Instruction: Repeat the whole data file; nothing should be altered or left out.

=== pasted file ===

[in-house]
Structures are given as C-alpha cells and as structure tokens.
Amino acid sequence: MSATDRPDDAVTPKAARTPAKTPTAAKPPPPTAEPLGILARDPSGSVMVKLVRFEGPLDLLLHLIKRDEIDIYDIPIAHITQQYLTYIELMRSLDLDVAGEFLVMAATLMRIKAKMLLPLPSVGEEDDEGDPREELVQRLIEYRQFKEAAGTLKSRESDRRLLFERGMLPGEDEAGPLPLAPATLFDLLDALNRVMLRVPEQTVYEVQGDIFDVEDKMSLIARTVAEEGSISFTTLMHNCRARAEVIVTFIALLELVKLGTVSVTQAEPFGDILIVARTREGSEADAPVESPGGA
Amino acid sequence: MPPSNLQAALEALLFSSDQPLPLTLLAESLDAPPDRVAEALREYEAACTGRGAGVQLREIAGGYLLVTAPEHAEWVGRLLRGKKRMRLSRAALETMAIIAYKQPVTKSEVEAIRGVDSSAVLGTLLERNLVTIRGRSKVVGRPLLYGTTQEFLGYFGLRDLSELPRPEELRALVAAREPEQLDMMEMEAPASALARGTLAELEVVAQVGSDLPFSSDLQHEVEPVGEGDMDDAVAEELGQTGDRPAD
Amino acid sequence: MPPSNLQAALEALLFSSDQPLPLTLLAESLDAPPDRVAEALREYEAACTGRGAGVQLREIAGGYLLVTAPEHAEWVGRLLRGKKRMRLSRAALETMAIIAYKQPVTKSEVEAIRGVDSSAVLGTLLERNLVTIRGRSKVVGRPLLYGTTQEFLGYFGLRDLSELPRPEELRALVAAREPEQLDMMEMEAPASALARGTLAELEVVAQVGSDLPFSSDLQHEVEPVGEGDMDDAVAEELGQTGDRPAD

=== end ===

[in-house]
Structures are given as C-alpha cells and as structure tokens.
Amino acid sequence: MSATDRPDDAVTPKAARTPAKTPTAAKPPPPTAEPLGILARDPSGSVMVKLVRFEGPLDLLLHLIKRDEIDIYDIPIAHITQQYLTYIELMRSLDLDVAGEFLVMAATLMRIKAKMLLPLPSVGEEDDEGDPREELVQRLIEYRQFKEAAGTLKSRESDRRLLFERGMLPGEDEAGPLPLAPATLFDLLDALNRVMLRVPEQTVYEVQGDIFDVEDKMSLIARTVAEEGSISFTTLMHNCRARAEVIVTFIALLELVKLGTVSVTQAEPFGDILIVARTREGSEADAPVESPGGA
Amino acid sequence: MPPSNLQAALEALLFSSDQPLPLTLLAESLDAPPDRVAEALREYEAACTGRGAGVQLREIAGGYLLVTAPEHAEWVGRLLRGKKRMRLSRAALETMAIIAYKQPVTKSEVEAIRGVDSSAVLGTLLERNLVTIRGRSKVVGRPLLYGTTQEFLGYFGLRDLSELPRPEELRALVAAREPEQLDMMEMEAPASALARGTLAELEVVAQVGSDLPFSSDLQHEVEPVGEGDMDDAVAEELGQTGDRPAD
Amino acid sequence: MPPSNLQAALEALLFSSDQPLPLTLLAESLDAPPDRVAEALREYEAACTGRGAGVQLREIAGGYLLVTAPEHAEWVGRLLRGKKRMRLSRAALETMAIIAYKQPVTKSEVEAIRGVDSSAVLGTLLERNLVTIRGRSKVVGRPLLYGTTQEFLGYFGLRDLSELPRPEELRALVAAREPEQLDMMEMEAPASALARGTLAELEVVAQVGSDLPFSSDLQHEVEPVGEGDMDDAVAEELGQTGDRPAD